Which cognitive biases should we trust in?
There have been (at least) a couple of attempts on LW to make Anki flashcards from Wikipedia’s famous List of Cognitive Biases, here and here. However, stylistically they are not my type of flashcard, with too much info in the “answer” section.
Further, and more troublingly, I’m not sure whether all of the biases in the flashcards are real, generalizable effects; or, if they are real, whether they have effect sizes large enough to be worth the effort to learn & disseminate. Psychology is an academic discipline with all of the baggage that entails. Psychology is also one of the least tangible sciences, which is not helpful.
There are studies showing that Wikipedia is no less reliable than more conventional sources, but this is in aggregate, and it seems plausible (though difficult to detect without diligently checking sources) that the set of cognitive bias articles on Wikipedia has high variance in quality.
We do have some knowledge of how many of them were made, in that LW user nerfhammer wrote a bunch. But, as far as I can tell, s/he didn’t discuss how s/he selected biases to include. (Though, s/he is obviously quite knowledgable on the subject, see e.g. here.)
As the articles stand today, many (e.g., here, here, here, here, and here) only cite research from one study/lab. I do not want to come across as whining: the authors who wrote these on Wikipedia are awesome. But, as a consumer the lack of independent replication makes me nervous. I don’t want to contribute to information cascades.
Nevertheless, I do still want to make flashcards for at least some of these biases, because I am relatively sure that there are some strong, important, widespread biases out there.
So, I am asking LW whether you all have any ideas about, on the meta level,
1) how we should go about deciding/indexing which articles/biases capture legit effects worth knowing,
and, on the object level,
2) which of the biases/heuristics/fallacies are actually legit (like, a list).
Here are some of my ideas. First, for how to decide:
- Only include biases that are mentioned by prestigious sources like Kahneman in his new book. Upside: authoritative. Downside: potentially throwing out some good info and putting too much faith in one source.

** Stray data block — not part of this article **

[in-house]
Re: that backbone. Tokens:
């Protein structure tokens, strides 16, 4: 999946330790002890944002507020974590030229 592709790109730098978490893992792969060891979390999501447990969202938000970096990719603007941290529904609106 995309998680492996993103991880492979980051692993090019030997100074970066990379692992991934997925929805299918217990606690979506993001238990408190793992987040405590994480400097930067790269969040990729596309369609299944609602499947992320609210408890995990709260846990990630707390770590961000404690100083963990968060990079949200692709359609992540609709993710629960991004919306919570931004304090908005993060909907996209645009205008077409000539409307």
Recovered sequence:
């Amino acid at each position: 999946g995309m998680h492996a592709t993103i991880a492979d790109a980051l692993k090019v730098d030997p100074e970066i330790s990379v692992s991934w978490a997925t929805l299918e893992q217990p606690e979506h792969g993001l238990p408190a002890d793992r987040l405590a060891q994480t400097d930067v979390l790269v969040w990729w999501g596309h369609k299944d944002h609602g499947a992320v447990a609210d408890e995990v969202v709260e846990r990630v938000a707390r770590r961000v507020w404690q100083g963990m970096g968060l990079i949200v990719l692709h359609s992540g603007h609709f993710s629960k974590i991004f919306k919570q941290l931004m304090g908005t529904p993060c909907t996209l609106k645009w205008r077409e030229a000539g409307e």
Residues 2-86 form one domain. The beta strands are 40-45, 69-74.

- Only include biases whose Wikipedia articles cite at least two primary articles that share none of the same authors. Upside: establishes some degree of consensus in the field. Downside: won’t actually vet the articles for quality, and a presumably false assumption that the Wikipedia pages will reflect the state of knowledge in the field.
- Search for the name of the bias (or any bold, alternative names on Wikipedia) on Google scholar, and only accept those with, say, >30 citations. Upside: less of a sampling bias of what is included on Wikipedia, which is likely to be somewhat arbitrary. Downside: information cascades occur in academia too, and this method doesn’t filter for actual experimental evidence (e.g., there could be lots of reviews discussing the idea).
- Make some sort of a voting system where experts (surely some frequent this site) can weigh in on what they think of the primary evidence for a given bias. Upside: rather than counting articles, evaluates actual evidence for the bias. Downside: seems hard to get the scale (~ 8 − 12 + people voting) to make this useful.
- Build some arbitrarily weighted rating scale that takes into account some or all of the above. Upside: meta. Downside: garbage in, garbage out, and the first three features seem highly correlated anyway.
Second, for which biases to include. I’m just going off of which ones I have heard of and/or look legit on a fairly quick run through. Note that those annotated with a (?) are ones I am especially unsure about.
- bandwagon effect
- base rate neglect
- choice-supportive bias
- clustering illusion
- confirmation bias
- conjunction fallacy (is subadditivity a subset of this?)
- conservatism (?)
- context effect (aka state-dependent memory)
- curse of knowledge (?)
- contrast effect
- decoy effect (aka independence of irrelevant alternatives)
- Dunning–Kruger effect (?)
- duration neglect
- empathy gap
- expectation bias
- gambler’s fallacy
- halo effect
- hindsight bias
- hyperbolic discounting
- illusion of control
- illusion of transparency
- illusory correlation
- illusory superiority
- illusion of validity (?)
- impact bias
- information bias (? aka failure to consider value of information)
- in-group bias (this is also clearly real, but I’m also not sure I’d call it a bias)
- escalation of commitment (aka sunk cost/loss aversion/endowment effect; note, contra Gwern, that I do think this is a useful fallacy to know about, if overrated)
- false consensus (related to projection bias)
- Forer effect
- fundamental attribution error (related to the just-world hypothesis)
- familiarity principle (aka mere exposure effect)
- moral licensing (aka moral credential)
- negativity bias (seems controversial & it’s troubling that there is also a positivity bias)
- normalcy bias (related to existential risk?)
- omission bias
- optimism bias (related to overconfidence)
- outcome bias (aka moral luck)
- outgroup homogeneity bias
- peak-end rule
- planning fallacy
- reactance (aka contrarianism)
- self-serving bias
- social desirability bias
- status quo bias
Happy to hear any thoughts!